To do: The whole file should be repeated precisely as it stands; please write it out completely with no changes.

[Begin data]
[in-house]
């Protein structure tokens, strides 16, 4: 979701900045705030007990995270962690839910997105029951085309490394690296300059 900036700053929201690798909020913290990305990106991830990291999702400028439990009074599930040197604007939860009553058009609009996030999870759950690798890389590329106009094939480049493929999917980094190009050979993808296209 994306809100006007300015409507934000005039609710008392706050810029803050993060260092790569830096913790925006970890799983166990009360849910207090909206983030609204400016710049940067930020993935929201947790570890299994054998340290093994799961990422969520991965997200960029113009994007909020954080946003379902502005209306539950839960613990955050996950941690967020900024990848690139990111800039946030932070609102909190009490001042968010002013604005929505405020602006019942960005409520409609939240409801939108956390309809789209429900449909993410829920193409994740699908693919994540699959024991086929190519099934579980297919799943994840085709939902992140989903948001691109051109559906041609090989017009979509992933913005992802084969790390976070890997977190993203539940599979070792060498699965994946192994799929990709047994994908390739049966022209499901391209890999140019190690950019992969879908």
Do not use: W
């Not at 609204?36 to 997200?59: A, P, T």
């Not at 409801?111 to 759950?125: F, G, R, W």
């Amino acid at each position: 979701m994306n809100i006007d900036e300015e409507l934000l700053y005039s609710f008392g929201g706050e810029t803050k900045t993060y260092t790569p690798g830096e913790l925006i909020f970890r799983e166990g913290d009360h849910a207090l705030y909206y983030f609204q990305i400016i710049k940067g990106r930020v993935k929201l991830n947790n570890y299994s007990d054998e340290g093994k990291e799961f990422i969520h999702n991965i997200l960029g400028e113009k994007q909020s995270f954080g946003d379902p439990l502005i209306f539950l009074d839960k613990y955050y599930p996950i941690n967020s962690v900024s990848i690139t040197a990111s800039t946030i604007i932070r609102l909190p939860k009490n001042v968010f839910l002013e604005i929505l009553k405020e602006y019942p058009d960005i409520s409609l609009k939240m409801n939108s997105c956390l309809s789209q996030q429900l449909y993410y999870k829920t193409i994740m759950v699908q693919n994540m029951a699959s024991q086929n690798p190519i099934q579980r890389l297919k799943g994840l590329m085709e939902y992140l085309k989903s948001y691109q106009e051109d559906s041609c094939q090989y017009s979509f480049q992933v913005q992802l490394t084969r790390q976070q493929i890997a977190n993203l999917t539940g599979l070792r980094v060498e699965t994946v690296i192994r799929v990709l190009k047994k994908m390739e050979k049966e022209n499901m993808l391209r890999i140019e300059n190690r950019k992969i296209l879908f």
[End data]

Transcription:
[in-house]
């Protein structure tokens, strides 16, 4: 979701900045705030007990995270962690839910997105029951085309490394690296300059 900036700053929201690798909020913290990305990106991830990291999702400028439990009074599930040197604007939860009553058009609009996030999870759950690798890389590329106009094939480049493929999917980094190009050979993808296209 994306809100006007300015409507934000005039609710008392706050810029803050993060260092790569830096913790925006970890799983166990009360849910207090909206983030609204400016710049940067930020993935929201947790570890299994054998340290093994799961990422969520991965997200960029113009994007909020954080946003379902502005209306539950839960613990955050996950941690967020900024990848690139990111800039946030932070609102909190009490001042968010002013604005929505405020602006019942960005409520409609939240409801939108956390309809789209429900449909993410829920193409994740699908693919994540699959024991086929190519099934579980297919799943994840085709939902992140989903948001691109051109559906041609090989017009979509992933913005992802084969790390976070890997977190993203539940599979070792060498699965994946192994799929990709047994994908390739049966022209499901391209890999140019190690950019992969879908």
Do not use: W
């Not at 609204?36 to 997200?59: A, P, T």
């Not at 409801?111 to 759950?125: F, G, R, W």
């Amino acid at each position: 979701m994306n809100i006007d900036e300015e409507l934000l700053y005039s609710f008392g929201g706050e810029t803050k900045t993060y260092t790569p690798g830096e913790l925006i909020f970890r799983e166990g913290d009360h849910a207090l705030y909206y983030f609204q990305i400016i710049k940067g990106r930020v993935k929201l991830n947790n570890y299994s007990d054998e340290g093994k990291e799961f990422i969520h999702n991965i997200l960029g400028e113009k994007q909020s995270f954080g946003d379902p439990l502005i209306f539950l009074d839960k613990y955050y599930p996950i941690n967020s962690v900024s990848i690139t040197a990111s800039t946030i604007i932070r609102l909190p939860k009490n001042v968010f839910l002013e604005i929505l009553k405020e602006y019942p058009d960005i409520s409609l609009k939240m409801n939108s997105c956390l309809s789209q996030q429900l449909y993410y999870k829920t193409i994740m759950v699908q693919n994540m029951a699959s024991q086929n690798p190519i099934q579980r890389l297919k799943g994840l590329m085709e939902y992140l085309k989903s948001y691109q106009e051109d559906s041609c094939q090989y017009s979509f480049q992933v913005q992802l490394t084969r790390q976070q493929i890997a977190n993203l999917t539940g599979l070792r980094v060498e699965t994946v690296i192994r799929v990709l190009k047994k994908m390739e050979k049966e022209n499901m993808l391209r890999i140019e300059n190690r950019k992969i296209l879908f």